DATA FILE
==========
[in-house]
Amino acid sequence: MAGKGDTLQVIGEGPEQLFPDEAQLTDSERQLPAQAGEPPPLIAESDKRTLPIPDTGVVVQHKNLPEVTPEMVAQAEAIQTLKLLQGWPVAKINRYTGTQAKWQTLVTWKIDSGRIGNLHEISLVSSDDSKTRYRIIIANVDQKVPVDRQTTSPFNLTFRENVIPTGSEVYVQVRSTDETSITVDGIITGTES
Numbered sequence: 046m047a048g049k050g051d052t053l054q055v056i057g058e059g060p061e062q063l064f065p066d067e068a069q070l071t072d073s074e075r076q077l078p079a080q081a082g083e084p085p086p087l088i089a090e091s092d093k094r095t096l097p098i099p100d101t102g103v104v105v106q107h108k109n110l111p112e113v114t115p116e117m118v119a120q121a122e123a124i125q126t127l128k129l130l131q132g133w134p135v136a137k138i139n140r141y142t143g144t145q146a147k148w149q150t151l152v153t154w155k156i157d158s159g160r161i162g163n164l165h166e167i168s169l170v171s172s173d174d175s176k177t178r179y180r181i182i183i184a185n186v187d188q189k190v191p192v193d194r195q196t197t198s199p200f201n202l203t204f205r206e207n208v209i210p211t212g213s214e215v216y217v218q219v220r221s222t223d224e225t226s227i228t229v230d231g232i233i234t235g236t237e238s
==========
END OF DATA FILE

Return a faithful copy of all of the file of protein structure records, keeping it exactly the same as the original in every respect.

[in-house]
Amino acid sequence: MAGKGDTLQVIGEGPEQLFPDEAQLTDSERQLPAQAGEPPPLIAESDKRTLPIPDTGVVVQHKNLPEVTPEMVAQAEAIQTLKLLQGWPVAKINRYTGTQAKWQTLVTWKIDSGRIGNLHEISLVSSDDSKTRYRIIIANVDQKVPVDRQTTSPFNLTFRENVIPTGSEVYVQVRSTDETSITVDGIITGTES
Numbered sequence: 046m047a048g049k050g051d052t053l054q055v056i057g058e059g060p061e062q063l064f065p066d067e068a069q070l071t072d073s074e075r076q077l078p079a080q081a082g083e084p085p086p087l088i089a090e091s092d093k094r095t096l097p098i099p100d101t102g103v104v105v106q107h108k109n110l111p112e113v114t115p116e117m118v119a120q121a122e123a124i125q126t127l128k129l130l131q132g133w134p135v136a137k138i139n140r141y142t143g144t145q146a147k148w149q150t151l152v153t154w155k156i157d158s159g160r161i162g163n164l165h166e167i168s169l170v171s172s173d174d175s176k177t178r179y180r181i182i183i184a185n186v187d188q189k190v191p192v193d194r195q196t197t198s199p200f201n202l203t204f205r206e207n208v209i210p211t212g213s214e215v216y217v218q219v220r221s222t223d224e225t226s227i228t229v230d231g232i233i234t235g236t237e238s